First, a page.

The parasite, whose full name is Ceratomyxa shasta, occurs naturally in the Klamath, but the worm that serves as a host thrives when water gets warm and flows are reduced, which is the case during drought, said Jerri Bartholomew, professor of microbiology at Oregon State University. She said sampling shows nearly 100 percent of juvenile chinook are infected, though not all of them will die. Coho salmon, which are infected by a different strain of the parasite, have so far been spared.
"This is turning out to be as bad as the worst year since we have been monitoring, which is 2004," Bartholomew said. "The only year parasite levels approached what we are seeing this year was 2008, and that year they didn't get this high until June."
Water samples show C Shasta spores reached lethal levels in April and since then have gotten worse, she said. The C Shasta outbreak has only affected young chinook, and has not affected young coho, which are infected by a different strain, Bartholomew added.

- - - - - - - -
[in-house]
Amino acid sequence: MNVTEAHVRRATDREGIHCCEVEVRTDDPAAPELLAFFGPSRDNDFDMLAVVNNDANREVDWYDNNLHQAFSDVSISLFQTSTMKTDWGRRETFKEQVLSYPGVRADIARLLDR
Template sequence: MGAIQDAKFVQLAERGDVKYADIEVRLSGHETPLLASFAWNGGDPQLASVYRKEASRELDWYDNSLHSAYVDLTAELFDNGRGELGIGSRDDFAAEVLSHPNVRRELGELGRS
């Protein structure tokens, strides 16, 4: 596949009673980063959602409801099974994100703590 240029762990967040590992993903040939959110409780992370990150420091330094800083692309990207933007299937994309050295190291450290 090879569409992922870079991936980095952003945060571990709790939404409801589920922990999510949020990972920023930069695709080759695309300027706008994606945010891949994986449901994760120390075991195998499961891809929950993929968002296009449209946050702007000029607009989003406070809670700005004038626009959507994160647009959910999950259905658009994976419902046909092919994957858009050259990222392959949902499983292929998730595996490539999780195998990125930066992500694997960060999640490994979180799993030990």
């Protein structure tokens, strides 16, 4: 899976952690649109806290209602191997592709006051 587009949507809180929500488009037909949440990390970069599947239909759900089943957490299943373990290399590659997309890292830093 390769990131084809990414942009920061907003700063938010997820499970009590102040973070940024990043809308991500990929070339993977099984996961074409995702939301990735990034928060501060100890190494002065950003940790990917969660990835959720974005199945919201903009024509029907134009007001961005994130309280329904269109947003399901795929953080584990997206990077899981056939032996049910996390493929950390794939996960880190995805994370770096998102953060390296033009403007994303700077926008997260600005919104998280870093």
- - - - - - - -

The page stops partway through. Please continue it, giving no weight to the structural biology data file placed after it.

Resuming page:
Meanwhile, the Iron Gate fish hatchery is waiting to release some 6 million juvenile chinook in hopes conditions may improve, said NOAA Fisheries Service spokesman Michael Milstein.

Major Step Forward For Klamath River Restoration
One of the nationís biggest dam removal and river restoration efforts got a major boost on Friday with Senator Ron Wyden (D-OR) announcing that he will introduce legislation to authorize the Klamath River restoration agreements.
Elected officials, Tribal leaders, and farming, ranching, and conservation representatives gathered Friday to celebrate the signing of the Upper Klamath Basin Comprehensive Agreement (UKBCA). The agreement resolves water rights disputes among the Klamath Tribes and upper basin irrigators, and permanently increases river flows, protects riverside lands, and provides $40 million to the Klamath Tribes for economic development.